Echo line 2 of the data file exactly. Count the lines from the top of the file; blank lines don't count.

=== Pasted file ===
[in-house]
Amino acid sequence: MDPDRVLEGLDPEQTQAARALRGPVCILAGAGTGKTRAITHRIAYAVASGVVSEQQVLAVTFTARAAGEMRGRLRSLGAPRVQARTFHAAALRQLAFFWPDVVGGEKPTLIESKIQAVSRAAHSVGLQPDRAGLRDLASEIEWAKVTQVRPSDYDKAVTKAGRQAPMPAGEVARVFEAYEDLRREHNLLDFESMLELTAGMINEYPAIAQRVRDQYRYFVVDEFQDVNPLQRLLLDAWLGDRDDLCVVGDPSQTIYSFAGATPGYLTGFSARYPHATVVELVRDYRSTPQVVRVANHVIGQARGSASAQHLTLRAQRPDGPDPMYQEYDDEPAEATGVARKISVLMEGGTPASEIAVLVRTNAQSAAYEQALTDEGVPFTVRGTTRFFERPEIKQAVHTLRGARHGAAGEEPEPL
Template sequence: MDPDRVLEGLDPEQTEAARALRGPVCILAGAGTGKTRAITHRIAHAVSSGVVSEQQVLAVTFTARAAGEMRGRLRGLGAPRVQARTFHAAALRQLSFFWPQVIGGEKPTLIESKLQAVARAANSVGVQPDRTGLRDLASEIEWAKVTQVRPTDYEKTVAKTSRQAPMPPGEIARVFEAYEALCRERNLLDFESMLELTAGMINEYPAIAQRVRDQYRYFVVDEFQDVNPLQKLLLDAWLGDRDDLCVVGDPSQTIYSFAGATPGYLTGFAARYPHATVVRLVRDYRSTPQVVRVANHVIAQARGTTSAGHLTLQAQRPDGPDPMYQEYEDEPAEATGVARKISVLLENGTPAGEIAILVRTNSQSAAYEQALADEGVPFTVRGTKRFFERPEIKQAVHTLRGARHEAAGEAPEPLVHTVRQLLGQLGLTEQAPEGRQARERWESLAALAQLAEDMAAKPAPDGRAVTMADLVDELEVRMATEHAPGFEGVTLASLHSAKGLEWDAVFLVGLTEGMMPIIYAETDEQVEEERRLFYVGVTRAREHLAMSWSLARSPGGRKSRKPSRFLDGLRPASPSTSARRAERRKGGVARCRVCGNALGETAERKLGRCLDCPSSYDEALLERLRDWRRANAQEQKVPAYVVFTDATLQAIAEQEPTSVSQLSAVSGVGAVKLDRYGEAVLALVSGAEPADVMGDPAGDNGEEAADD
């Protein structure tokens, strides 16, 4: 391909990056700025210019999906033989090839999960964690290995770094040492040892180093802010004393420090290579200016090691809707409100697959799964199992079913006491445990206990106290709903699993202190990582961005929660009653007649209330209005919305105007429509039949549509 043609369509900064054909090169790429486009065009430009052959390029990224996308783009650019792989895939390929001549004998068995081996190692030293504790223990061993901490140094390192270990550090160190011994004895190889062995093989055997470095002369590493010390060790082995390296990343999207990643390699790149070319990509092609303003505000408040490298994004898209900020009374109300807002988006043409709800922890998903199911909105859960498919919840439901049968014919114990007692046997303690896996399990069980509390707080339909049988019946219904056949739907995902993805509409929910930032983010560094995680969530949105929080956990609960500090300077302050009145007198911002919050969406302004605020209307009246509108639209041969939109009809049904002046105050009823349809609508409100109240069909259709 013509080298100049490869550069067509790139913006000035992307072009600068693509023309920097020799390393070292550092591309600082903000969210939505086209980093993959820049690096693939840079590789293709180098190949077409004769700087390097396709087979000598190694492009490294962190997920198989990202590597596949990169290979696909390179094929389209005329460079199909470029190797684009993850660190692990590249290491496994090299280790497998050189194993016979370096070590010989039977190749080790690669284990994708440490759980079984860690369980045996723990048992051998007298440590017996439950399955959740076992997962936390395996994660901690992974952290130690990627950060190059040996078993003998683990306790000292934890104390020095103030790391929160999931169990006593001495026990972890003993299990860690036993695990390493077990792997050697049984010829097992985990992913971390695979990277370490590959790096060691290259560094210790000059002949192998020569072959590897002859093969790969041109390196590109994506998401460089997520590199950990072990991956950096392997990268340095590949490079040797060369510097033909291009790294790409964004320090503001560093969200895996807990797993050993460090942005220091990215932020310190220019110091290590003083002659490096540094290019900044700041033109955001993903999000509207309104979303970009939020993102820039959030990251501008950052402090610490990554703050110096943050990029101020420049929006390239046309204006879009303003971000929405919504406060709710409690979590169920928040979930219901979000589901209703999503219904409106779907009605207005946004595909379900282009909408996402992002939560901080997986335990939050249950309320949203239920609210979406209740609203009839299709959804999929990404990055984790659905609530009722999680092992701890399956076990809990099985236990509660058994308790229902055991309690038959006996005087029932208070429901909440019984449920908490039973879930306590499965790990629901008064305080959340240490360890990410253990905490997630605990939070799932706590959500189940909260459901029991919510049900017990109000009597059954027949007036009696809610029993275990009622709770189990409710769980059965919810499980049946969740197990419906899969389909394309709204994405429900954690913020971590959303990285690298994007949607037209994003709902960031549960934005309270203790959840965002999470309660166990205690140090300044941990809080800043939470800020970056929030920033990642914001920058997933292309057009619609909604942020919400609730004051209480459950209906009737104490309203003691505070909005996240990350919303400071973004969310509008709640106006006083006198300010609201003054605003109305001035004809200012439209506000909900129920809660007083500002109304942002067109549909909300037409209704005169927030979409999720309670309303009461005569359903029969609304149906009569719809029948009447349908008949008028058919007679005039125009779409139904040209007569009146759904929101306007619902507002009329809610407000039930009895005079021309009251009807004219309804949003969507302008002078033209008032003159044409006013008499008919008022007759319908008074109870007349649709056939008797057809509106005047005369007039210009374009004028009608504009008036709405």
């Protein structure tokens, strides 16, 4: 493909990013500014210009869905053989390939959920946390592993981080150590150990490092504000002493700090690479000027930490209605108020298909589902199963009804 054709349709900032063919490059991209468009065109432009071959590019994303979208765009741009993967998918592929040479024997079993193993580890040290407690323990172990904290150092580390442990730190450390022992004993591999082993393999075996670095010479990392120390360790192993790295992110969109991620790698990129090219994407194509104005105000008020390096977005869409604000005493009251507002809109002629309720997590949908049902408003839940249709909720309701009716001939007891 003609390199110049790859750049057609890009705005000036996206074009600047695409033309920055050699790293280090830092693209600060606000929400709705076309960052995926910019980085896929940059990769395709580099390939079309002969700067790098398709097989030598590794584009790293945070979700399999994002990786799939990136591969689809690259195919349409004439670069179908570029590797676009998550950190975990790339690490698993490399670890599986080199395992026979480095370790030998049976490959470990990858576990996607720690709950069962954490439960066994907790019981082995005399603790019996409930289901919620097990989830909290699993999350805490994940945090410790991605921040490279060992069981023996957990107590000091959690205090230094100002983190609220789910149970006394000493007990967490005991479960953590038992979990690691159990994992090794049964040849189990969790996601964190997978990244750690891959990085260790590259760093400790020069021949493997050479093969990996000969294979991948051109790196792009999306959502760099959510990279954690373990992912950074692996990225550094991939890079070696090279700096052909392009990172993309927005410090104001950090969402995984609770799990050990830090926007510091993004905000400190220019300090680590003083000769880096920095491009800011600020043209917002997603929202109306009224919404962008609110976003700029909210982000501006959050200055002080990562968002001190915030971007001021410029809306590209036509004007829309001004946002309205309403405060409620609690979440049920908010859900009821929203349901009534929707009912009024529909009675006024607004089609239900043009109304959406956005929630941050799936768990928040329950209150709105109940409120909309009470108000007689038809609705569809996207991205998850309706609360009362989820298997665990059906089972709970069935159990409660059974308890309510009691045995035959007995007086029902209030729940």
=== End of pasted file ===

Amino acid sequence: MDPDRVLEGLDPEQTQAARALRGPVCILAGAGTGKTRAITHRIAYAVASGVVSEQQVLAVTFTARAAGEMRGRLRSLGAPRVQARTFHAAALRQLAFFWPDVVGGEKPTLIESKIQAVSRAAHSVGLQPDRAGLRDLASEIEWAKVTQVRPSDYDKAVTKAGRQAPMPAGEVARVFEAYEDLRREHNLLDFESMLELTAGMINEYPAIAQRVRDQYRYFVVDEFQDVNPLQRLLLDAWLGDRDDLCVVGDPSQTIYSFAGATPGYLTGFSARYPHATVVELVRDYRSTPQVVRVANHVIGQARGSASAQHLTLRAQRPDGPDPMYQEYDDEPAEATGVARKISVLMEGGTPASEIAVLVRTNAQSAAYEQALTDEGVPFTVRGTTRFFERPEIKQAVHTLRGARHGAAGEEPEPL